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Study: Using HIEs to Avoid Repeat Tests Could Lead to Millions in Savings

February 17, 2014
by Rajiv Leventhal
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Utilizing a health information exchange (HIE) before ordering a CT scan could result in millions of dollars of savings, according to officials from HEALTHeLINK, the Western New York clinical information exchange.

Recently, HEALTHeLINK conducted an analysis of the number of multiple CT scans ordered for the same patient and on the same body part within six months utilizing clinical data available within its HIE. It found that utilizing the HIE could have resulted in savings of approximately $1.3 million, an estimate that HEALTHeLINK’s officials said was “conservative.”

The results are available in HEALTHeLINK's latest white paper, "Study of Duplicate CT Scans Show Promise of Health Information Exchange.”  Some of HEALTHeLINK's other key findings include:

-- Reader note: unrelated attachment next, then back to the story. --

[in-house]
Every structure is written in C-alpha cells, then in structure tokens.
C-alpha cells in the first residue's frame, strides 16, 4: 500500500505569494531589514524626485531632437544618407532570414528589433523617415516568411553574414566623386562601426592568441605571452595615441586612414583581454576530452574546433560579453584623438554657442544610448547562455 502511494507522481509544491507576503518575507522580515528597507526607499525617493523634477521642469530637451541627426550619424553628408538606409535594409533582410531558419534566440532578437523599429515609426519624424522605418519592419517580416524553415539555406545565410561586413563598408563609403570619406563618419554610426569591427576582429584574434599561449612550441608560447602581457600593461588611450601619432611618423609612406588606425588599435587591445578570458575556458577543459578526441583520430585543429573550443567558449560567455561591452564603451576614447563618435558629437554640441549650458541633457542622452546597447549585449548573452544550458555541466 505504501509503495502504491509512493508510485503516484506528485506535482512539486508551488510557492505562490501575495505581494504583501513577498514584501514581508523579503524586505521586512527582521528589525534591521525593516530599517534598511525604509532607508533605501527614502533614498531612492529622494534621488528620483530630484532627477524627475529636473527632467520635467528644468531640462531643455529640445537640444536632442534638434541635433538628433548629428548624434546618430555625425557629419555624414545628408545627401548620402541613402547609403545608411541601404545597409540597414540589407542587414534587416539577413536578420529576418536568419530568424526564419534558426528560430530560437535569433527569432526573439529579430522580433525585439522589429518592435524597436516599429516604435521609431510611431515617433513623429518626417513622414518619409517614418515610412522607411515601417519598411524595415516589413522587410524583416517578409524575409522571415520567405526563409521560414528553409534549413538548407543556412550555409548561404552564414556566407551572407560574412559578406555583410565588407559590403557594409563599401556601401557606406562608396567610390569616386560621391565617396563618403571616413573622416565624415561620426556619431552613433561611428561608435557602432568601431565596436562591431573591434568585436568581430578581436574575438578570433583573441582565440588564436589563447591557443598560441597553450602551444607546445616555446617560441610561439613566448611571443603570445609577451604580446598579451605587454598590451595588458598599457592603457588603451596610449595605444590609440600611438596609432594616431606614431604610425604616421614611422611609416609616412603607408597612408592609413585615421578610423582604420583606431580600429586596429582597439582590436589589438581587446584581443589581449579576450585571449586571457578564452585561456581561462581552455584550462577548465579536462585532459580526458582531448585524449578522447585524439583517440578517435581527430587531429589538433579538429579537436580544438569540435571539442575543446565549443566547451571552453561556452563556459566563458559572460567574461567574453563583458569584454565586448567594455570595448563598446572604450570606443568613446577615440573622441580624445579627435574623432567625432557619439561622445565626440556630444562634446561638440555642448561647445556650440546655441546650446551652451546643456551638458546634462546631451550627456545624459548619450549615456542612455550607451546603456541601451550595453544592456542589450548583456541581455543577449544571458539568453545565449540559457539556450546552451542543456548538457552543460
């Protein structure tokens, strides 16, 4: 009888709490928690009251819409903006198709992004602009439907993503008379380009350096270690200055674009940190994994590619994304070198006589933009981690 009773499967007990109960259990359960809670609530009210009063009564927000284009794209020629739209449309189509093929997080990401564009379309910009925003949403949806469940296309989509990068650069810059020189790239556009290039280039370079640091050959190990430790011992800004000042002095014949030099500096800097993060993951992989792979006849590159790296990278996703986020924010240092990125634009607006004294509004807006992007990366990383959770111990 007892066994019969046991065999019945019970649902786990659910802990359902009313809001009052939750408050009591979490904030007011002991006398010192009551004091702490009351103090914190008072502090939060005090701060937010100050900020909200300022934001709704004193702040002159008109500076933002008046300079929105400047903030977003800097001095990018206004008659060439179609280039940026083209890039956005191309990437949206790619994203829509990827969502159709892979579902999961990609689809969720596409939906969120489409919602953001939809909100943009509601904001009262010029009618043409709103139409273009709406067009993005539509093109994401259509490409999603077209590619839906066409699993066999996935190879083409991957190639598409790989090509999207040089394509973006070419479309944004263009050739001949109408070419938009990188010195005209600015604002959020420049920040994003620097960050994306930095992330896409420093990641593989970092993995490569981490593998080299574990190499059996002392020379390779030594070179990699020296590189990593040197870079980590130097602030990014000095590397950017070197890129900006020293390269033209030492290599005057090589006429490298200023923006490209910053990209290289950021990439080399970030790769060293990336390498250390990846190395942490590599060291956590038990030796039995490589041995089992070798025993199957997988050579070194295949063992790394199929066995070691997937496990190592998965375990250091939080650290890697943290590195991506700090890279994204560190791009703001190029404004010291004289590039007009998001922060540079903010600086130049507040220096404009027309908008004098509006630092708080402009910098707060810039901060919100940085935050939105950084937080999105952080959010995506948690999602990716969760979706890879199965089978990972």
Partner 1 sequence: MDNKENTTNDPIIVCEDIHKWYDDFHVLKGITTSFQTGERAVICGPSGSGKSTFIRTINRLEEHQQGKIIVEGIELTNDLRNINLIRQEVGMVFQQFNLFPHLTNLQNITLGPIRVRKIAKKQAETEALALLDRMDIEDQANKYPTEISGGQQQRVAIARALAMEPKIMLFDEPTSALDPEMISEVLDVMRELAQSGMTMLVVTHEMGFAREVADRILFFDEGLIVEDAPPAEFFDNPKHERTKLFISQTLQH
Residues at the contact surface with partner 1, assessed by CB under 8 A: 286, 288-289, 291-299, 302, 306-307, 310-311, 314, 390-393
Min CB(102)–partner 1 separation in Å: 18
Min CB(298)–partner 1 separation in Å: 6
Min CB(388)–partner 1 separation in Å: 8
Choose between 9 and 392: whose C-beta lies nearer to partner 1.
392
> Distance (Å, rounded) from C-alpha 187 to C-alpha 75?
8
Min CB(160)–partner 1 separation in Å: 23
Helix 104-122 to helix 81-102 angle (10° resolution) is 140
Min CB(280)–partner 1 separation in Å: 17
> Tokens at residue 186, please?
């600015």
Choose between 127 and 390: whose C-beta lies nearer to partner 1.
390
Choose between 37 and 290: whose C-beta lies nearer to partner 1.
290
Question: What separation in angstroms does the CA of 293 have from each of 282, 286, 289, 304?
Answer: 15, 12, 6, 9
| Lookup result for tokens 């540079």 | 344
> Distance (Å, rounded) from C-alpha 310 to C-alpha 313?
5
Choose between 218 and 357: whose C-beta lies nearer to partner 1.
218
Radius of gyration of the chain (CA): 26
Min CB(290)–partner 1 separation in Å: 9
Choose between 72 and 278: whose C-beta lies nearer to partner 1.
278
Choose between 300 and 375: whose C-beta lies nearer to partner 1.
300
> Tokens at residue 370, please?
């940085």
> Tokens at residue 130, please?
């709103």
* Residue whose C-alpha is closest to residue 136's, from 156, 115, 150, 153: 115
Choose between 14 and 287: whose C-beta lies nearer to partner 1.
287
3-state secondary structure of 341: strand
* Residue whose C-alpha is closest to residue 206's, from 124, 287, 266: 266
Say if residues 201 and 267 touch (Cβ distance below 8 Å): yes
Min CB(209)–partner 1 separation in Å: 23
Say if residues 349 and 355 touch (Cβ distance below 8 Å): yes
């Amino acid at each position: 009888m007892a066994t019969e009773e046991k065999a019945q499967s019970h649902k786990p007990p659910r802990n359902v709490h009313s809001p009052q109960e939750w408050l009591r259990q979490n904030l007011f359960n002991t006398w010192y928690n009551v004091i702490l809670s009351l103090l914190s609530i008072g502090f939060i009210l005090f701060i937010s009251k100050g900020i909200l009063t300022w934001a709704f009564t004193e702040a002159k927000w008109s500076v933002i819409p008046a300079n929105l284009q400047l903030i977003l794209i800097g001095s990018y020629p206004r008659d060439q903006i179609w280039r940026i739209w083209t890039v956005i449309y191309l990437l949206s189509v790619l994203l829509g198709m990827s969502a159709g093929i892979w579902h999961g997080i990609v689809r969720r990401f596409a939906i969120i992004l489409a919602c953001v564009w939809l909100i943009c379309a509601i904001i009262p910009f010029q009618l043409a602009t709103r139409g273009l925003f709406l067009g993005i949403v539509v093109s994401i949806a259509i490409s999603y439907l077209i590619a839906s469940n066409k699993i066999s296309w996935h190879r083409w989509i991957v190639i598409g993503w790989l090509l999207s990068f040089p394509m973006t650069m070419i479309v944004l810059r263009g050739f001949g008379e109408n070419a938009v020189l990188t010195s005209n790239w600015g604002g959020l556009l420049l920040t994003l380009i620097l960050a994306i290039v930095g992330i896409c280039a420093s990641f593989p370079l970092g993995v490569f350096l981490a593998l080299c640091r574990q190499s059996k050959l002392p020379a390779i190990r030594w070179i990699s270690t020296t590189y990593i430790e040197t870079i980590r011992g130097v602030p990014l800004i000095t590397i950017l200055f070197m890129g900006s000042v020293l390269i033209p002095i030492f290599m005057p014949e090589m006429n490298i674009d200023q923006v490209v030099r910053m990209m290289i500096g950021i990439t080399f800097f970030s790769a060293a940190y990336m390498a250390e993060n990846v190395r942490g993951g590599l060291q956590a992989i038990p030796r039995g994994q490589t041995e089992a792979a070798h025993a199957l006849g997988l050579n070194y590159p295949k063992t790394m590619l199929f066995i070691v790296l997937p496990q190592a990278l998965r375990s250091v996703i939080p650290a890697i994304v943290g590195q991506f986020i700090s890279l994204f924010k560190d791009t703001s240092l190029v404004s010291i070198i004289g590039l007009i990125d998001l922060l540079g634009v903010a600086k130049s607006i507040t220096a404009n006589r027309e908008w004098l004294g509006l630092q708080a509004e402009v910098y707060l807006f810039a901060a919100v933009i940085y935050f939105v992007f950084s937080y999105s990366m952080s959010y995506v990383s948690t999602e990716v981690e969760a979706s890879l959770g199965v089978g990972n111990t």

• Approximately 90 percent of the 2,763 potentially unnecessary duplicative CT scans were ordered by physicians who either never or infrequently used HEALTHeLINK.
  • About 50 percent of the patients who had a duplicative CT scan had already consented to have their information accessed through HEALTHeLINK by their treating providers.
  • More than 95 percent of the identified potentially unnecessary CT scans were done in a hospital setting.

"These findings demonstrate the value an HIE provides by reducing the number of unnecessary tests which saves time, money and radiation exposure to our patients,"  David Scamurra, M.D., pathologist, Eastern Great Lakes Pathology/X-Cell Laboratories and HEALTHeLINK chairman, said in a statement.

For the HEALTHeLINK report, data was analyzed for the time period of July 2011 through December 2012.  Data to support the analysis was also provided by the region's three major health insurance companies— BlueCross BlueShield of Western New York, Independent Health and Univera Healthcare —who also are stakeholders in HEALTHeLINK, as are the region's hospital systems and other provider organizations.

Read the source article at The Sacramento Bee

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